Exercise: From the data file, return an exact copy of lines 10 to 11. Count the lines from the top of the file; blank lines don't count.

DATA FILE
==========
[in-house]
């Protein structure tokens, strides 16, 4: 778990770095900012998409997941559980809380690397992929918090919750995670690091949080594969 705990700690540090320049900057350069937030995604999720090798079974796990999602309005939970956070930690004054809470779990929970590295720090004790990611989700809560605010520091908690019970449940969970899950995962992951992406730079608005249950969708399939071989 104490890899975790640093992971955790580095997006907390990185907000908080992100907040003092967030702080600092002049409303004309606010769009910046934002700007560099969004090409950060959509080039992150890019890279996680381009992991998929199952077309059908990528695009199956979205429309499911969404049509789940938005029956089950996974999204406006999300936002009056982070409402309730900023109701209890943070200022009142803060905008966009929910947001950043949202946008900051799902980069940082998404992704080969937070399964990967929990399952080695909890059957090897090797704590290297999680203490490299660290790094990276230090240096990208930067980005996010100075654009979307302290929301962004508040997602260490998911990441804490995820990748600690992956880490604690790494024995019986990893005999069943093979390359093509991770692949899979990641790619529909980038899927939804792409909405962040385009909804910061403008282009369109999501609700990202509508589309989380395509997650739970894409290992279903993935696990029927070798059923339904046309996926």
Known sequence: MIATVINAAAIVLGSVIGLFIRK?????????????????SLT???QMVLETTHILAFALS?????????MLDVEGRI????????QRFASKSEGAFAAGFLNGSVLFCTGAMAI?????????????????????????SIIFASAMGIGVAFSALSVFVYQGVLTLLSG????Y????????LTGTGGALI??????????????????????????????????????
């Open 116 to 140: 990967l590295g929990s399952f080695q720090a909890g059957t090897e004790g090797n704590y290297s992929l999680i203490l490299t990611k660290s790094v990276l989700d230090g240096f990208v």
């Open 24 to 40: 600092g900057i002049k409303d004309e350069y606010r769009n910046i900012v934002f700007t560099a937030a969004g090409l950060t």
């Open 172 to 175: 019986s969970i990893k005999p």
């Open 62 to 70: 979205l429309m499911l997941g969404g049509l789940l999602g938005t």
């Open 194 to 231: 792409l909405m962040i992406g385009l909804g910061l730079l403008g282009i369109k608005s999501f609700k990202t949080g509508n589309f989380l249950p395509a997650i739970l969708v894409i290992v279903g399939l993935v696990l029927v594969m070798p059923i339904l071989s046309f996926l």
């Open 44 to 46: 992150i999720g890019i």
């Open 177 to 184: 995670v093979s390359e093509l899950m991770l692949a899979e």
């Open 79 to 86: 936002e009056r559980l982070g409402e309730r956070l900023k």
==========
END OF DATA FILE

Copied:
């Open 177 to 184: 995670v093979s390359e093509l899950m991770l692949a899979e």
């Open 79 to 86: 936002e009056r559980l982070g409402e309730r956070l900023k």